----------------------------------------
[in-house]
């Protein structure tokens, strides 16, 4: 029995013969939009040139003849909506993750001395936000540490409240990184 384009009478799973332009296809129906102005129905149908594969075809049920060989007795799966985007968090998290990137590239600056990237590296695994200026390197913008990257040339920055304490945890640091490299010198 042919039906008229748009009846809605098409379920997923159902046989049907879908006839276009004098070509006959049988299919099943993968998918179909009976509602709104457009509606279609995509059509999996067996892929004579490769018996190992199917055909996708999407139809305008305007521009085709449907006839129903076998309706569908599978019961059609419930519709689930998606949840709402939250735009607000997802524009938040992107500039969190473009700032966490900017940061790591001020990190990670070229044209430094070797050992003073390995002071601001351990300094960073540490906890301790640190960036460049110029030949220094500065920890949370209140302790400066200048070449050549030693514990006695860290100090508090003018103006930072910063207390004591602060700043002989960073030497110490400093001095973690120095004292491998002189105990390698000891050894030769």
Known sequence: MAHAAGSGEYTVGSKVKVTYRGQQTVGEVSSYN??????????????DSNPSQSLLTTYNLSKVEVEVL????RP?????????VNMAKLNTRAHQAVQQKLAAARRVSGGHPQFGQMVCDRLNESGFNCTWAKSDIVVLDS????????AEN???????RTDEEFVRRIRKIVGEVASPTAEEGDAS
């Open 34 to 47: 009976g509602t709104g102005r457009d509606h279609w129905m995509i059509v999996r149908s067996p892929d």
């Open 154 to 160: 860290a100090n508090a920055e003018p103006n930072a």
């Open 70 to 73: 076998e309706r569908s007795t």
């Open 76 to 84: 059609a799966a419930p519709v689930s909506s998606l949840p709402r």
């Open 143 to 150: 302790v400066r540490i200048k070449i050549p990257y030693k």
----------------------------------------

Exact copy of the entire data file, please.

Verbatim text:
[in-house]
């Protein structure tokens, strides 16, 4: 029995013969939009040139003849909506993750001395936000540490409240990184 384009009478799973332009296809129906102005129905149908594969075809049920060989007795799966985007968090998290990137590239600056990237590296695994200026390197913008990257040339920055304490945890640091490299010198 042919039906008229748009009846809605098409379920997923159902046989049907879908006839276009004098070509006959049988299919099943993968998918179909009976509602709104457009509606279609995509059509999996067996892929004579490769018996190992199917055909996708999407139809305008305007521009085709449907006839129903076998309706569908599978019961059609419930519709689930998606949840709402939250735009607000997802524009938040992107500039969190473009700032966490900017940061790591001020990190990670070229044209430094070797050992003073390995002071601001351990300094960073540490906890301790640190960036460049110029030949220094500065920890949370209140302790400066200048070449050549030693514990006695860290100090508090003018103006930072910063207390004591602060700043002989960073030497110490400093001095973690120095004292491998002189105990390698000891050894030769």
Known sequence: MAHAAGSGEYTVGSKVKVTYRGQQTVGEVSSYN??????????????DSNPSQSLLTTYNLSKVEVEVL????RP?????????VNMAKLNTRAHQAVQQKLAAARRVSGGHPQFGQMVCDRLNESGFNCTWAKSDIVVLDS????????AEN???????RTDEEFVRRIRKIVGEVASPTAEEGDAS
């Open 34 to 47: 009976g509602t709104g102005r457009d509606h279609w129905m995509i059509v999996r149908s067996p892929d």
């Open 154 to 160: 860290a100090n508090a920055e003018p103006n930072a």
């Open 70 to 73: 076998e309706r569908s007795t």
């Open 76 to 84: 059609a799966a419930p519709v689930s909506s998606l949840p709402r």
């Open 143 to 150: 302790v400066r540490i200048k070449i050549p990257y030693k």